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  15. ^ Søndenaa K, Quirke P, Hohenberger W, et al. (April 2014). "The rationale behind complete mesocolic excision (CME) and a central vascular ligation for colon cancer in open and laparoscopic surgery : proceedings of a consensus conference". International Journal of Colorectal Disease 29 (4): 419–28.  
  16. ^ Storli KE, Søndenaa K, Furnes B, et al. (June 2014). "Short term results of complete (D3) vs. standard (D2) mesenteric excision in colon cancer shows improved outcome of complete mesenteric excision in patients with TNM stages I-II". Techniques in Coloproctology 18 (6): 557–64.  
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  18. ^ a b Hohenberger W, Weber K, Matzel K, Papadopoulos T, Merkel S (May 2009). "Standardized surgery for colonic cancer: complete mesocolic excision and central ligation – technical notes and outcome". Colorectal Disease 11 (4): 354–64; discussion 364–5.  
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  27. ^ Congdon, Edgar D.; Blumberg, Ralph; Henry, William (March 1942). "Fasciae of fusion and elements of the fused enteric mesenteries in the human adult". American Journal of Anatomy 70 (2): 251–79.  



An improved understanding of mesenteric structure and histology has enabled a formal characterization of mesenteric lymphangiology.[4] Stereologic assessments of the lymphatic vessels demonstrate a rich lymphatic network embedded within the mesenteric connective tissue lattice. On average, vessels occur every 0.14 mm (0.0055 in), and within 0.1 mm (0.0039 in) from the mesocolic surfaces — anterior and posterior. Lymphatic channels have also been identified in Toldt’s fascia, though the significance of this is unknown.[4]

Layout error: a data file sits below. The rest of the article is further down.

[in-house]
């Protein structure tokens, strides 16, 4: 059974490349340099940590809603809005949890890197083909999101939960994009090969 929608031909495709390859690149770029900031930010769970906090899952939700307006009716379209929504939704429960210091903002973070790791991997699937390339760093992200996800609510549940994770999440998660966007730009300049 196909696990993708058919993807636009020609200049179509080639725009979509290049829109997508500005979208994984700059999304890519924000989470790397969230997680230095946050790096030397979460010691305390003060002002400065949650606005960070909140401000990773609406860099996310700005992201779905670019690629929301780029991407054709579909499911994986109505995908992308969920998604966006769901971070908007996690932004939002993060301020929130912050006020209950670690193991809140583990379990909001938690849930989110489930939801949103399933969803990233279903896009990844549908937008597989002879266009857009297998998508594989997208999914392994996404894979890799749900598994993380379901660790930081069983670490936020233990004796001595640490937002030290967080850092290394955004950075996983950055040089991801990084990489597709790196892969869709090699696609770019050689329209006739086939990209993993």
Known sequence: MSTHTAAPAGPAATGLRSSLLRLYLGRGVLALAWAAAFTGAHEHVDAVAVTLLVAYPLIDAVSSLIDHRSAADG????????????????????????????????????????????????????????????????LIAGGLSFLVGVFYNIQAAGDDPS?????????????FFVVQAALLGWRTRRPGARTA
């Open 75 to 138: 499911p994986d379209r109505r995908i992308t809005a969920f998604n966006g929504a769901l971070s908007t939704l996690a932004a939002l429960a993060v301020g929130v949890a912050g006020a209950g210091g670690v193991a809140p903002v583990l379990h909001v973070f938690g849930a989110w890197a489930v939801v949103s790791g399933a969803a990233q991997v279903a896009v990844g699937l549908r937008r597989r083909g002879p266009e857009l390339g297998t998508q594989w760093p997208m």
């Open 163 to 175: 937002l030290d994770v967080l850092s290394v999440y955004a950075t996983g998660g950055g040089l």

Descriptions of the mesocolon by Toldt, Congdon and Dodds have largely been ignored in mainstream literature until recently. A formal appraisal of the mesenteric organ anatomy was conducted in 2012; it echoed the findings of Toldt, Congdon and Dodds.[3] The single greatest advance in this regard was the identification of the mesenteric organ as being contiguous as it spans the gastrointestinal tract from duodenojejunal flexure to mesorectal level.[3]

In 1942, anatomist Edward Congdon also demonstrated that the right and left mesocolon persisted into adulthood and remained separate from the retroperitoneum — extra-retroperitoneal.[27] Radiologist Wylie J. Dodds described this concept in 1986.[19] Dodds extrapolated that unless the mesocolon remained an extra-retroperitoneal structure — separate from the retroperitoneum — only then would the radiologic appearance of the mesentery and peritoneal folds be reconciled with actual anatomy.[19]

Almost 10 years before Treves, the Austrian anatomist Carl Toldt described the persistence of all portions of the mesocolon into adulthood.[25] Toldt was professor of anatomy in Prague and Vienna; he published his account of the human mesentery in 1879. Toldt identified a fascial plane between the mesocolon and the underlying retroperitoneum formed by the fusion of the visceral peritoneum of the mesocolon with the parietal peritoneum of the retroperitoneum; his later became known as Toldt’s fascia.[25][26]

The classical anatomical description of the mesocolon is credited to British surgeon Sir Frederick Treves in 1885.[21] Treves is known for performing the first appendectomy in England in 1888; he was surgeon to both Queen Victoria and King Edward VII.[22] He studied the human mesentery and peritoneal folds in 100 cadavers and described the right and left mesocolon as vestigial or absent in the human adult. Accordingly, the small intestinal mesentery, transverse and sigmoid mesocolon all terminated or attached at their insertions into the posterior abdominal wall.[21][22] These assertions were included in mainstream surgical, anatomical, embryological and radiologic literature for more than a century.[23][24]